Annie Barrows’ The Truth According to Us presents a complex story in what we moderns always like to call “a simpler time.” By which we mean small town life peopled by nuclear families where the parents mate for life and families cluster around the gazebo for summer band concerts, ice cream cones stickily in hand.
Macedonia, West Virginia is nothing like that, though many would like to pretend so. At the outset, we join the Romeyn family, introduced to us by 9-year-old Willa. She lives with her younger sister, a “maiden” aunt and two twin aunts who are married but whose husbands get seen only on weekends because the twins prefer each other’s company to that of their spouses. Willa adores her father, the brother of the aunts, but sees him irregularly because of his unnamed and mysterious profession. Her mother is divorced from her father, lives in another town with her new husband, and seldom sees the girls.
It was once said that a story can have two main frameworks. One, someone goes on a journey. Two, a stranger comes to town. Truth falls into the second category. We’re in the depression 1930’s, and come one summer blue blood Layla Beck, cut off by her Senator father for refusing to marry the family choice of for a groom, Thus, is packed off to Macedonia by the WPA and commissioned to write a history of the town in honor of its fall sesquicentennial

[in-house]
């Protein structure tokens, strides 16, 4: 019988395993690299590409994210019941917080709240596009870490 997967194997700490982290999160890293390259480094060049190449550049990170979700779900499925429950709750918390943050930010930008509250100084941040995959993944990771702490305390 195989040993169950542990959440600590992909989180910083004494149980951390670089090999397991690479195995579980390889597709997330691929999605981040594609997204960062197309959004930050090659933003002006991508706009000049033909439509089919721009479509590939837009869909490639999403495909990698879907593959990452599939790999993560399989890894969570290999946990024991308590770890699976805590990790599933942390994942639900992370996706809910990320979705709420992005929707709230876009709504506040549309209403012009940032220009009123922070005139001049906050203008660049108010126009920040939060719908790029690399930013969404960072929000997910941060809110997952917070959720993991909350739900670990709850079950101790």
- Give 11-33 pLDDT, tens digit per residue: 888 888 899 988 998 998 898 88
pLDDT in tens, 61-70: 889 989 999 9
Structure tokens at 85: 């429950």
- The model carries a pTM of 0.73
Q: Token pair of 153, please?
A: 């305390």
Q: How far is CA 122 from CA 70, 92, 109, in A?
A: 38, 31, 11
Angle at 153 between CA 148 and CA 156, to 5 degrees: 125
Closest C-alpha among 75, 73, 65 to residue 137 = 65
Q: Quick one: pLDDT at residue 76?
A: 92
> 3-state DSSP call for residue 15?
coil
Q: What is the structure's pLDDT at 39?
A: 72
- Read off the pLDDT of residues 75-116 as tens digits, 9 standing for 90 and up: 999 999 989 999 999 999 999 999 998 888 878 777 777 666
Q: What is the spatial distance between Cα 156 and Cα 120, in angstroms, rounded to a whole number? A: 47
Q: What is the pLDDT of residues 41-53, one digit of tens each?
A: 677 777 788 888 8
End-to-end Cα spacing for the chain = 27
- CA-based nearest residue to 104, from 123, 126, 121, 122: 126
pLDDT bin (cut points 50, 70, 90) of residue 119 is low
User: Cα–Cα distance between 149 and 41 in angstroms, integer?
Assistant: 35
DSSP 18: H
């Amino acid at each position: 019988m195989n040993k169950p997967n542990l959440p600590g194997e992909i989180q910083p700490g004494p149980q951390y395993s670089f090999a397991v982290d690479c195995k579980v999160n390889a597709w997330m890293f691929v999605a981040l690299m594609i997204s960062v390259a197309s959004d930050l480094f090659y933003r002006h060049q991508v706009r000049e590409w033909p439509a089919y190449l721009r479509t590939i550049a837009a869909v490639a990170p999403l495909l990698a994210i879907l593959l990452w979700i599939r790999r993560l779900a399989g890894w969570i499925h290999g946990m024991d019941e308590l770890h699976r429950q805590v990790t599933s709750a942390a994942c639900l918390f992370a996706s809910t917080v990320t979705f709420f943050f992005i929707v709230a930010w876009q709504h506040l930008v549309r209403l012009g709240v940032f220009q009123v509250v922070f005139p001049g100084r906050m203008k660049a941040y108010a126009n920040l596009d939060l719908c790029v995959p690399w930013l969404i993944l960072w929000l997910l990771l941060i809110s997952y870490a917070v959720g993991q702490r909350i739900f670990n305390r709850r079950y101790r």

Layla is gorgeous but proves to be not just another pretty face. Despite many troubles adjusting to her situation, she begins to take her job seriously. Much too seriously for the liking of the town fathers and of the Romeyn family, with whom she is rooming. The pulls at secrets like a loose piece of yarn and the town’s respectability begins to unravel like an old sweater.
It’s a yeasty situation Barrows sets up here, and it rises into a very tasty loaf. If Willa’s voice sometimes exceeds 9-year-old believability [Rightness is nothing You can’t live on it. You might as well eat ashes. … This is all we can do. … We can’t go back. The only time leaves for us is to decide.] and if some of the resolutions don’t fall in the realm of believable human behavior, the strength of its characters is such that the book largely succeeds. And succeeds admirably.